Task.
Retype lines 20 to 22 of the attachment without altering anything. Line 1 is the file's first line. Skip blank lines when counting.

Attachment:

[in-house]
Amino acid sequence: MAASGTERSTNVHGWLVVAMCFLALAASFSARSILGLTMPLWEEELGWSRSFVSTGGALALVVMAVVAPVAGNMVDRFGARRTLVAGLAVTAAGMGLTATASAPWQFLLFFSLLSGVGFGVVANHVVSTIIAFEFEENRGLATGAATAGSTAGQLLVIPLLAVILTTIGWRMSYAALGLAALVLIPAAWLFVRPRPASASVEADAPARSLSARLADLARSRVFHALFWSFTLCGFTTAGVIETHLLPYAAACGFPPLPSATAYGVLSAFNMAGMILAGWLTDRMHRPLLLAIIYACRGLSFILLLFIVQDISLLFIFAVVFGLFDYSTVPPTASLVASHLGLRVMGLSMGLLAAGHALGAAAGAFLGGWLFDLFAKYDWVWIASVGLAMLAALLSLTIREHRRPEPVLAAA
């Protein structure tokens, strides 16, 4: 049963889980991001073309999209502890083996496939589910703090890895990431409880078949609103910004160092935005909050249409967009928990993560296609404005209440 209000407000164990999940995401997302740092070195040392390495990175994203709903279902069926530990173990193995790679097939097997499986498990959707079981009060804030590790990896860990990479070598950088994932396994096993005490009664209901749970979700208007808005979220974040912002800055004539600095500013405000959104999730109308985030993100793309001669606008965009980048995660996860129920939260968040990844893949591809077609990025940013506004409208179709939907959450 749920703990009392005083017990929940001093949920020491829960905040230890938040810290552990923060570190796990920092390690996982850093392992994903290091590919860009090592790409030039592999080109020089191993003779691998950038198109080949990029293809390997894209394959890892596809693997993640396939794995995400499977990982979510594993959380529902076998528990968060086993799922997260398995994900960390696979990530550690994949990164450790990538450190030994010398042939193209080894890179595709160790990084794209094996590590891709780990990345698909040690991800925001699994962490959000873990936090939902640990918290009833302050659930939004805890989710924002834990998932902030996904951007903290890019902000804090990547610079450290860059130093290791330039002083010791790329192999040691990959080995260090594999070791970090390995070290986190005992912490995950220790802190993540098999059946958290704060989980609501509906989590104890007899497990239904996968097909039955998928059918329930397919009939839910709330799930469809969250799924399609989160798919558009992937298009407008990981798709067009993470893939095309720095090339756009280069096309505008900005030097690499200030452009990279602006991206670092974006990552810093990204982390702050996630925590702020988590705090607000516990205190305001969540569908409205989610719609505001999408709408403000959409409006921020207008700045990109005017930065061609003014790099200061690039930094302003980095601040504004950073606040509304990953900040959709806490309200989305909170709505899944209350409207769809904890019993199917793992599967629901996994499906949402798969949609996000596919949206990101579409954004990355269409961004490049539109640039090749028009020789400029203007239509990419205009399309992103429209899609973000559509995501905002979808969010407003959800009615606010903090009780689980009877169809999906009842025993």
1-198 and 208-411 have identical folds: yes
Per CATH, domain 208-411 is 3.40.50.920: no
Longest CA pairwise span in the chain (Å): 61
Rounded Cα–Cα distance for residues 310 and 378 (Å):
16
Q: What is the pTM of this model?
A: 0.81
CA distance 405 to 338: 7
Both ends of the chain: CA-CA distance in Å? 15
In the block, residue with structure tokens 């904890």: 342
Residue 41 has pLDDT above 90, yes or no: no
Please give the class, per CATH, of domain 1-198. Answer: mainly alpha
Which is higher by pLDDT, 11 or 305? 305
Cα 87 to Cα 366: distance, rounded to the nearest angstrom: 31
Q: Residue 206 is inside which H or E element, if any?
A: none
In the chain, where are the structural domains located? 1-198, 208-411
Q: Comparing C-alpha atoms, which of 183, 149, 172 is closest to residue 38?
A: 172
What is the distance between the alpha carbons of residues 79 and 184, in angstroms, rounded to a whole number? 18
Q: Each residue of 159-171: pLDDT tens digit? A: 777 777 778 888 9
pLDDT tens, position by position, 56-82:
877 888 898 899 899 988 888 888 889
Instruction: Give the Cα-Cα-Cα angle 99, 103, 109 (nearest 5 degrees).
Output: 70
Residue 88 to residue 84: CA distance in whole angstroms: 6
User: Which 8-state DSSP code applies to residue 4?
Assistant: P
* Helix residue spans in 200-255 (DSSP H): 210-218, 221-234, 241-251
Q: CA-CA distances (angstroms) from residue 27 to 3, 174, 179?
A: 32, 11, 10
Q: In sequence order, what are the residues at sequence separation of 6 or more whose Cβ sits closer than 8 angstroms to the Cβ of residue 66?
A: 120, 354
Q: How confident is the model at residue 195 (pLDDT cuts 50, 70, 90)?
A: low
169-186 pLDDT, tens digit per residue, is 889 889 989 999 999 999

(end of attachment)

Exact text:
In the chain, where are the structural domains located? 1-198, 208-411
Q: Comparing C-alpha atoms, which of 183, 149, 172 is closest to residue 38?
A: 172